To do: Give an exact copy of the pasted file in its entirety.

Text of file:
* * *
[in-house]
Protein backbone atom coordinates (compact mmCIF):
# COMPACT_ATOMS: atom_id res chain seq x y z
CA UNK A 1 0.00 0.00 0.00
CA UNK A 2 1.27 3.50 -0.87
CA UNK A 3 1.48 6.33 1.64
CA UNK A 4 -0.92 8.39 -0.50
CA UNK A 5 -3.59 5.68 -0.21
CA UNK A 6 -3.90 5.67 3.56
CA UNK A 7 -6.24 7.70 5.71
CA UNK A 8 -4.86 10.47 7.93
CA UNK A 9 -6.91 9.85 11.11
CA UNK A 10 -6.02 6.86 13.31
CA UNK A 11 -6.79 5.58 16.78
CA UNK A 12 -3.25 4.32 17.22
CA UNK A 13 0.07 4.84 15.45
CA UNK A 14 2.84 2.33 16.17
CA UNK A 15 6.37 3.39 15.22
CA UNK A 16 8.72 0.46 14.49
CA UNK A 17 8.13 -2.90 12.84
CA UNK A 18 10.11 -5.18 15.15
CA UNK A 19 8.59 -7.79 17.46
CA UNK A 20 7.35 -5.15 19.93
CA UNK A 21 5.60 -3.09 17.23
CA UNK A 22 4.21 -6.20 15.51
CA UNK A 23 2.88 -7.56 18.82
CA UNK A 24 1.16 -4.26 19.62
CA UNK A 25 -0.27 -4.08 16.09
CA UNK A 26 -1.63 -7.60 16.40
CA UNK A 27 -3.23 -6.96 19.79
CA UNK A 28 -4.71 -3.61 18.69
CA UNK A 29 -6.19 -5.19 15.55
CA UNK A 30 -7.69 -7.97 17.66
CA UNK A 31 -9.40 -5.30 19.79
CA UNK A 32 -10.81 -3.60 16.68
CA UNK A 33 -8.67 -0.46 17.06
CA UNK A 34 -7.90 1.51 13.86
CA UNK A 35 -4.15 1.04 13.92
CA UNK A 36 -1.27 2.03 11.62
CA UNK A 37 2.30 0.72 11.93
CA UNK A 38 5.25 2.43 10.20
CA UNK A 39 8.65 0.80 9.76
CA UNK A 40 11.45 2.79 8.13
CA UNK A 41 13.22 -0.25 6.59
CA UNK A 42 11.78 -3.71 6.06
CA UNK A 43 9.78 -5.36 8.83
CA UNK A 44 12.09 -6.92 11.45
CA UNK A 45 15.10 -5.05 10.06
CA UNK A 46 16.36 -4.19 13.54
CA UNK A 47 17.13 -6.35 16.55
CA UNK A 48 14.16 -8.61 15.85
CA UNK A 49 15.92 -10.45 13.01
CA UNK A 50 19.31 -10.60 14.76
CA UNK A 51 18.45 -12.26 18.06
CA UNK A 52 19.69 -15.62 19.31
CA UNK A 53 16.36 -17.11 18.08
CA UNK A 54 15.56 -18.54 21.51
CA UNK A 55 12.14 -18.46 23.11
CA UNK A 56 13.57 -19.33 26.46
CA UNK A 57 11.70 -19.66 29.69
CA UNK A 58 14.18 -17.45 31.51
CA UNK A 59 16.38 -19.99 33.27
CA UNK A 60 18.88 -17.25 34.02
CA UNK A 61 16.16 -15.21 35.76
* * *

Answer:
[in-house]
Protein backbone atom coordinates (compact mmCIF):
# COMPACT_ATOMS: atom_id res chain seq x y z
CA UNK A 1 0.00 0.00 0.00
CA UNK A 2 1.27 3.50 -0.87
CA UNK A 3 1.48 6.33 1.64
CA UNK A 4 -0.92 8.39 -0.50
CA UNK A 5 -3.59 5.68 -0.21
CA UNK A 6 -3.90 5.67 3.56
CA UNK A 7 -6.24 7.70 5.71
CA UNK A 8 -4.86 10.47 7.93
CA UNK A 9 -6.91 9.85 11.11
CA UNK A 10 -6.02 6.86 13.31
CA UNK A 11 -6.79 5.58 16.78
CA UNK A 12 -3.25 4.32 17.22
CA UNK A 13 0.07 4.84 15.45
CA UNK A 14 2.84 2.33 16.17
CA UNK A 15 6.37 3.39 15.22
CA UNK A 16 8.72 0.46 14.49
CA UNK A 17 8.13 -2.90 12.84
CA UNK A 18 10.11 -5.18 15.15
CA UNK A 19 8.59 -7.79 17.46
CA UNK A 20 7.35 -5.15 19.93
CA UNK A 21 5.60 -3.09 17.23
CA UNK A 22 4.21 -6.20 15.51
CA UNK A 23 2.88 -7.56 18.82
CA UNK A 24 1.16 -4.26 19.62
CA UNK A 25 -0.27 -4.08 16.09
CA UNK A 26 -1.63 -7.60 16.40
CA UNK A 27 -3.23 -6.96 19.79
CA UNK A 28 -4.71 -3.61 18.69
CA UNK A 29 -6.19 -5.19 15.55
CA UNK A 30 -7.69 -7.97 17.66
CA UNK A 31 -9.40 -5.30 19.79
CA UNK A 32 -10.81 -3.60 16.68
CA UNK A 33 -8.67 -0.46 17.06
CA UNK A 34 -7.90 1.51 13.86
CA UNK A 35 -4.15 1.04 13.92
CA UNK A 36 -1.27 2.03 11.62
CA UNK A 37 2.30 0.72 11.93
CA UNK A 38 5.25 2.43 10.20
CA UNK A 39 8.65 0.80 9.76
CA UNK A 40 11.45 2.79 8.13
CA UNK A 41 13.22 -0.25 6.59
CA UNK A 42 11.78 -3.71 6.06
CA UNK A 43 9.78 -5.36 8.83
CA UNK A 44 12.09 -6.92 11.45
CA UNK A 45 15.10 -5.05 10.06
CA UNK A 46 16.36 -4.19 13.54
CA UNK A 47 17.13 -6.35 16.55
CA UNK A 48 14.16 -8.61 15.85
CA UNK A 49 15.92 -10.45 13.01
CA UNK A 50 19.31 -10.60 14.76
CA UNK A 51 18.45 -12.26 18.06
CA UNK A 52 19.69 -15.62 19.31
CA UNK A 53 16.36 -17.11 18.08
CA UNK A 54 15.56 -18.54 21.51
CA UNK A 55 12.14 -18.46 23.11
CA UNK A 56 13.57 -19.33 26.46
CA UNK A 57 11.70 -19.66 29.69
CA UNK A 58 14.18 -17.45 31.51
CA UNK A 59 16.38 -19.99 33.27
CA UNK A 60 18.88 -17.25 34.02
CA UNK A 61 16.16 -15.21 35.76